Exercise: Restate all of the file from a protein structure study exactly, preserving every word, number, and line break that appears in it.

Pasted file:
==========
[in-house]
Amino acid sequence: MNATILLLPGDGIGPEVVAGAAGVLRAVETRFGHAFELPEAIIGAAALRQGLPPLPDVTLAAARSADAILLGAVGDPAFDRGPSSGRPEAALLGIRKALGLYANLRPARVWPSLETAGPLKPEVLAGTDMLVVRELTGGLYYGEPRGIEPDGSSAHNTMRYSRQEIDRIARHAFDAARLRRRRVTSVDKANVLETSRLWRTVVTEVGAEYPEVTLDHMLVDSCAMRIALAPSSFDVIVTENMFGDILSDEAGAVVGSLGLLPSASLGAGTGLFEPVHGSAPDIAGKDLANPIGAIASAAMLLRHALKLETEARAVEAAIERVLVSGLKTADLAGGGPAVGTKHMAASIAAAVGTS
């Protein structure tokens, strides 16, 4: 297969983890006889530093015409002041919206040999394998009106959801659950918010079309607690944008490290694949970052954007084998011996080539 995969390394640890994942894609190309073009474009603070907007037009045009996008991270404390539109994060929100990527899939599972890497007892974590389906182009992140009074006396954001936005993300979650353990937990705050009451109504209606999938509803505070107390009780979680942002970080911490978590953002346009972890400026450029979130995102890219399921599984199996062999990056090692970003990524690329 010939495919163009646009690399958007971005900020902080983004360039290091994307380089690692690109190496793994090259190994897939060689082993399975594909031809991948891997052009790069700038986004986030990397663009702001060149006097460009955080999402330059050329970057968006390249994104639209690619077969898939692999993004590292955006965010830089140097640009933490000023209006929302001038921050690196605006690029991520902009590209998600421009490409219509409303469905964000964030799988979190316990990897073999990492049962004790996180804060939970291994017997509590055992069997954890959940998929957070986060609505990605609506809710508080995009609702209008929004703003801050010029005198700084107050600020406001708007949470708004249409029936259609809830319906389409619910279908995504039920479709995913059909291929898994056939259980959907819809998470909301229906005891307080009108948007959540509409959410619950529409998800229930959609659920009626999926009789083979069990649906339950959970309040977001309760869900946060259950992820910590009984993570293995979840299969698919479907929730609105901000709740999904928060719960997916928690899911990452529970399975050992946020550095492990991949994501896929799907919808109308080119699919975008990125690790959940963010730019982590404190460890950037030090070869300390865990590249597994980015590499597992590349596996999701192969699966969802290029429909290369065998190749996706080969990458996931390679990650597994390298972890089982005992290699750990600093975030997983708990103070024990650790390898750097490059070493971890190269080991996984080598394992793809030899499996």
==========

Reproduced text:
[in-house]
Amino acid sequence: MNATILLLPGDGIGPEVVAGAAGVLRAVETRFGHAFELPEAIIGAAALRQGLPPLPDVTLAAARSADAILLGAVGDPAFDRGPSSGRPEAALLGIRKALGLYANLRPARVWPSLETAGPLKPEVLAGTDMLVVRELTGGLYYGEPRGIEPDGSSAHNTMRYSRQEIDRIARHAFDAARLRRRRVTSVDKANVLETSRLWRTVVTEVGAEYPEVTLDHMLVDSCAMRIALAPSSFDVIVTENMFGDILSDEAGAVVGSLGLLPSASLGAGTGLFEPVHGSAPDIAGKDLANPIGAIASAAMLLRHALKLETEARAVEAAIERVLVSGLKTADLAGGGPAVGTKHMAASIAAAVGTS
């Protein structure tokens, strides 16, 4: 297969983890006889530093015409002041919206040999394998009106959801659950918010079309607690944008490290694949970052954007084998011996080539 995969390394640890994942894609190309073009474009603070907007037009045009996008991270404390539109994060929100990527899939599972890497007892974590389906182009992140009074006396954001936005993300979650353990937990705050009451109504209606999938509803505070107390009780979680942002970080911490978590953002346009972890400026450029979130995102890219399921599984199996062999990056090692970003990524690329 010939495919163009646009690399958007971005900020902080983004360039290091994307380089690692690109190496793994090259190994897939060689082993399975594909031809991948891997052009790069700038986004986030990397663009702001060149006097460009955080999402330059050329970057968006390249994104639209690619077969898939692999993004590292955006965010830089140097640009933490000023209006929302001038921050690196605006690029991520902009590209998600421009490409219509409303469905964000964030799988979190316990990897073999990492049962004790996180804060939970291994017997509590055992069997954890959940998929957070986060609505990605609506809710508080995009609702209008929004703003801050010029005198700084107050600020406001708007949470708004249409029936259609809830319906389409619910279908995504039920479709995913059909291929898994056939259980959907819809998470909301229906005891307080009108948007959540509409959410619950529409998800229930959609659920009626999926009789083979069990649906339950959970309040977001309760869900946060259950992820910590009984993570293995979840299969698919479907929730609105901000709740999904928060719960997916928690899911990452529970399975050992946020550095492990991949994501896929799907919808109308080119699919975008990125690790959940963010730019982590404190460890950037030090070869300390865990590249597994980015590499597992590349596996999701192969699966969802290029429909290369065998190749996706080969990458996931390679990650597994390298972890089982005992290699750990600093975030997983708990103070024990650790390898750097490059070493971890190269080991996984080598394992793809030899499996």